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Cynthia Speckman and the woman who saved her life will urge Congress to continue funding for the 'Be The Match' program

When Cynthia Speckman found out that she had chronic myeloid leukemia, she began making plans for death.

Now, the Lake Oswego woman is making plans for life — and this week, she'll tell lawmakers in Washington, D.C., how they can make sure that others can do the same.

Speckman will team with the woman who saved her life when she urges senators and congressmen on June 12 to continue critical federal funding for Be The Match, a program that connects cancer victims to organ donors in what is literally a life-or-death mission.

“I’m testifying because any time I can tell my story, I want to do it,” Speckman said. “How can I not give back after being given something so precious? We want the congressmen to understand that for every dollar withdrawn, it means a life.”

Speckman’s testimony will be doubly effective because she will be accompanied by Kelly Purnell, the Maryland wife and mother of four who gave her bone marrow to Speckman and saved her life.

“Why go give testimony to Congress? Why wouldn’t I?” Purnell said. “I had an opportunity to save someone’s life. She is living now with my DNA, leukemia-free.”

This story of a life saved and a friendship made started in 2009, when Speckman, feeling tired, achey and sore, was informed by doctors that “something was wrong.” It was, of course, more serious than that.

In fact, the prognosis sounded like a death sentence for a woman whose life was filled with hiking, yoga, travel and international humanitarian work. Still, Speckman says, she accepted the news as serenely as possible.

“I prepared for death. I prepared well,” Speckman said. “I examined my belief system. I came to a place of peace with others.”

Doctors tried several treatment options before deciding that a bone marrow transplant would be Speckman's best chance for a cure, but the chances of finding a suitable donor were slim, even though her name was listed in the National Donor Registry. The odds were so great, in fact, that Speckman made plans to leave for Australia, where she had lived for many years, to make the most of the time she had left.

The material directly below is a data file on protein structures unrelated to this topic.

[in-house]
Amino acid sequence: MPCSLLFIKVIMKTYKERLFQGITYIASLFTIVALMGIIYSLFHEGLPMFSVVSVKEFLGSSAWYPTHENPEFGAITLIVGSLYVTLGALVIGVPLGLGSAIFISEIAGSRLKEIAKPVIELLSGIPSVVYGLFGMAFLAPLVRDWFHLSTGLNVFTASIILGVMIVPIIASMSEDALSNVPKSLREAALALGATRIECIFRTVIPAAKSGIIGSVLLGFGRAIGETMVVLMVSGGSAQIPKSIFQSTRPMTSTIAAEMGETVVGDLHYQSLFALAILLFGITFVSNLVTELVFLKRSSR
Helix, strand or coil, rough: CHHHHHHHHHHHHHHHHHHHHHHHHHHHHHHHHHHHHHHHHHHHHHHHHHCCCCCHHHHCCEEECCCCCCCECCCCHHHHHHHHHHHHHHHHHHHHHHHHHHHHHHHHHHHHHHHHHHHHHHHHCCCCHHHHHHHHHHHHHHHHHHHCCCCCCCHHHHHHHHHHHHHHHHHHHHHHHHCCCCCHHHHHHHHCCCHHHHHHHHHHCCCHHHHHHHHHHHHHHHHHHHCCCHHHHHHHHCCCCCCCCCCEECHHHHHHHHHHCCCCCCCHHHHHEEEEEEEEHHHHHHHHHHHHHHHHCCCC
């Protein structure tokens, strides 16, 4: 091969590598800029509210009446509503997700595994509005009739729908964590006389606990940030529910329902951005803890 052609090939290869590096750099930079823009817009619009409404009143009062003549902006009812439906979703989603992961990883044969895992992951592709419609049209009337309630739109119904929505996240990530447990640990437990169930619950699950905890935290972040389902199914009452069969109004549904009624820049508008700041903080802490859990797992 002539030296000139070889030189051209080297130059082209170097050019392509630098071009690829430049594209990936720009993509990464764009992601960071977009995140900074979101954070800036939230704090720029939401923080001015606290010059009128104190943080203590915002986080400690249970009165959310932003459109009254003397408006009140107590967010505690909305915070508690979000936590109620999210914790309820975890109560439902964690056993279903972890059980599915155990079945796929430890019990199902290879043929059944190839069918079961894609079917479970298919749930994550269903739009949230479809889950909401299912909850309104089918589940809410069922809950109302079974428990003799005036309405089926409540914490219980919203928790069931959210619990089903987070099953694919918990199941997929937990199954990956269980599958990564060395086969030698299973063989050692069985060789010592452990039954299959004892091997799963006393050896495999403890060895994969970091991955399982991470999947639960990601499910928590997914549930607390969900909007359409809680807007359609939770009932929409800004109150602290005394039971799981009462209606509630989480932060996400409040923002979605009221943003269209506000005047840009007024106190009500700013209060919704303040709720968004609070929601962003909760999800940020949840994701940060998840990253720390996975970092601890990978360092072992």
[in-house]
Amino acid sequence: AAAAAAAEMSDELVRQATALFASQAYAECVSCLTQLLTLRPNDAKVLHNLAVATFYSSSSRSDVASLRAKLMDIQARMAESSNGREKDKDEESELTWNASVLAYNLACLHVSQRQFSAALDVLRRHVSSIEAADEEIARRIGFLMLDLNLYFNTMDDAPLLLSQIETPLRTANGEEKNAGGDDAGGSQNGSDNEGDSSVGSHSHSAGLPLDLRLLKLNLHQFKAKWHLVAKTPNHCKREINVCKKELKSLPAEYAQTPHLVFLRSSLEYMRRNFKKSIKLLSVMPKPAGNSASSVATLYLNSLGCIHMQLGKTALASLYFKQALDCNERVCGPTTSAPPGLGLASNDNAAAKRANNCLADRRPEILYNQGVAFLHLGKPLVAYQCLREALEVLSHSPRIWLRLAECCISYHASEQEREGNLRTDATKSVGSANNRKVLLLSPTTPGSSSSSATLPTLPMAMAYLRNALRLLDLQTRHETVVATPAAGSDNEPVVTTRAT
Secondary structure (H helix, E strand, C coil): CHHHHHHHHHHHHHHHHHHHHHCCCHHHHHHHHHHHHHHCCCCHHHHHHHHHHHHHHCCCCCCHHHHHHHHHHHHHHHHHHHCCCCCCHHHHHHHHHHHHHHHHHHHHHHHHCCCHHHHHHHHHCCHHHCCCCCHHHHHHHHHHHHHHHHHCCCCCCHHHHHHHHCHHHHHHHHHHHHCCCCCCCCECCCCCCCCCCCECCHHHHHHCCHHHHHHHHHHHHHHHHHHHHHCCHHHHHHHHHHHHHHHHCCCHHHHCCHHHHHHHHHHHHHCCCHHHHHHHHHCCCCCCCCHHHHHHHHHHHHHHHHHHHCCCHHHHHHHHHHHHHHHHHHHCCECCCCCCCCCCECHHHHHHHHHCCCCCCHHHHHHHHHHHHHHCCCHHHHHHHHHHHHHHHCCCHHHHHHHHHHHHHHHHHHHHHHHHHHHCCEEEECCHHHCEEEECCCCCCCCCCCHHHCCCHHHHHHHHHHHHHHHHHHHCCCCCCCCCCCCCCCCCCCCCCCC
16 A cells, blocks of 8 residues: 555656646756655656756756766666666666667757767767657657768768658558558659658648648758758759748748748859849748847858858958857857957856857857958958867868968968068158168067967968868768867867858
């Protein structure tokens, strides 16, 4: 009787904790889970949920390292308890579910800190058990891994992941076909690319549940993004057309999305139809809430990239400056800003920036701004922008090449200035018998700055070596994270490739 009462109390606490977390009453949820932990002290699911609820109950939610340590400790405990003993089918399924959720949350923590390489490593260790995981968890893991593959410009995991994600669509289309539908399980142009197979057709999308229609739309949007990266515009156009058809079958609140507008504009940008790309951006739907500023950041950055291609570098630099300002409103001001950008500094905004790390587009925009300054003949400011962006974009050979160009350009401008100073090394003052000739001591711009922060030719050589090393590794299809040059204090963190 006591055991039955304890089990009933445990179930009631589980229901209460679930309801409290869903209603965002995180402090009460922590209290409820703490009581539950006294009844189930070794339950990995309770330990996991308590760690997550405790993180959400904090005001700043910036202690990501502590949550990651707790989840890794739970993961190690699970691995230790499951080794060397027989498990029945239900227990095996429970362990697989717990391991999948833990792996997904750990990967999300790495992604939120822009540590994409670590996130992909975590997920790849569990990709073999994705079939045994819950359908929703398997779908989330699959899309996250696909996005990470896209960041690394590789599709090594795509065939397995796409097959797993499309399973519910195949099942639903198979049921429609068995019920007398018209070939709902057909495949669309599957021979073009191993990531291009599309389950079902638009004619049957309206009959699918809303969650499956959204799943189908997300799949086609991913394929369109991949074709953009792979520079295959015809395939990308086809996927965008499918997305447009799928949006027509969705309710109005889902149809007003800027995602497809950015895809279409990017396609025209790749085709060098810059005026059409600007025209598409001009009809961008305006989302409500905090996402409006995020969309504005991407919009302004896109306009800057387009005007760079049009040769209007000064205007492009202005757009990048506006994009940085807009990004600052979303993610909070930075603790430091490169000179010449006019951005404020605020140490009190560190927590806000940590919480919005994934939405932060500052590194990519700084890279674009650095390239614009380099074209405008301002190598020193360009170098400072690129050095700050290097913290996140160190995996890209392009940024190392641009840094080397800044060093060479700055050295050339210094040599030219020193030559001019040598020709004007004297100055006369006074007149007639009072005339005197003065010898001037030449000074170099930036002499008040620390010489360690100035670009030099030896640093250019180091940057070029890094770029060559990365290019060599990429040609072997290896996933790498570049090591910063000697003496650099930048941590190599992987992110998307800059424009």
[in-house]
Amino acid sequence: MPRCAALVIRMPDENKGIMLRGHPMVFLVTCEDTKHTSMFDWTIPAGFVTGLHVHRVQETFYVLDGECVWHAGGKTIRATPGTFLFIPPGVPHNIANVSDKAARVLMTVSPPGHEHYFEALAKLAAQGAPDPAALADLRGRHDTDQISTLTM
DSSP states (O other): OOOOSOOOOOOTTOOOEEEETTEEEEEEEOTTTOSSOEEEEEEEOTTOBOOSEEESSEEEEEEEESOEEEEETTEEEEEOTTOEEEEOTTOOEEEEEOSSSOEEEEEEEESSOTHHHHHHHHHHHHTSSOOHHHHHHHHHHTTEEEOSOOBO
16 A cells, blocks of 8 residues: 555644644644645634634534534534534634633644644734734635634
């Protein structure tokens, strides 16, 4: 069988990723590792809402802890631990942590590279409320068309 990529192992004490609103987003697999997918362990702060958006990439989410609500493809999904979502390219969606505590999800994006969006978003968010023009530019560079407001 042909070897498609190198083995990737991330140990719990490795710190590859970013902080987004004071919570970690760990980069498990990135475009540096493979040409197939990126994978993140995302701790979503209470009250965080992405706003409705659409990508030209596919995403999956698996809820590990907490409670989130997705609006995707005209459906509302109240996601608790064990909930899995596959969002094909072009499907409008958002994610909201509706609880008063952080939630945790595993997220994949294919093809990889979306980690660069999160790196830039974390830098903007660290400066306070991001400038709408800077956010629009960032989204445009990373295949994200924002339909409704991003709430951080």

And then those odds changed.

Purnell had signed up for the National Donor Registry while in college, when a fraternity held a donor drive on behalf of a member who had been stricken with leukemia. As the years passed, she rarely thought about the program. She went on to marry and raise a family. She had a wonderful life, she said, but sometimes she wondered how much her life was really worth.

“I was a stay-at-home mom,” Purnell said. “Sometimes, my days felt like they didn’t amount to anything but laundry, dishes, homework, brushing teeth … and more laundry and dishes.”

That all changed with a phone call from the National Institutes of Health. Her DNA was a possible match for a woman in Oregon who needed a bone marrow transplant, the agency said.

“I had the image of a very painful process that was perhaps risky to me,” Purnell said. But once she did some research and talked to her advocate at NIH, her fear was replaced by an eagerness to help save a life.

The transplant was completed in December 2012.

Speckman has a photo that commemorates the occasion. Purnell’s bone marrow is sitting on a shelf next to Speckman’s hospital bed at Oregon Health & Science University, and her arms are raised in triumph and joy.

“It looks like I’m dancing in bed,” she said with a laugh.

Rules governing transplant procedures required that Speckman and Purnell remain anonymous for a year. Purnell could only get progress reports. “I just hoped and prayed for Cynthia to have more time on this Earth,” Purnell said.

But once the ban on meeting ended, Speckman and Purnell made a most happy connection. They met in person for the first time last month, and it made Speckman even more grateful for her transplant.

“I not only got a bone marrow transplant,” Speckman said. “I got the life and light of a beautiful soul.”

Now the two new friends are crusaders together, and Speckman’s interrupted life is back in gear. She is making the most of it.

“I am surprised every day,” Speckman said. “I see hummingbirds on my deck. I go dancing. I pull over to look at Mount Hood. I’m seeing spring. I had thought I would never see spring again.”

This week, she and Purnell will make sure Congress understands how much that kind of second chance means — to cancer patients and to donors.

“People say all sorts of complimentary things to me for doing this," Purnell said, "but I can’t imagine how I could have not done it.”

For more about Be The Match, go to BeTheMatch.org or call 800-627-7692.

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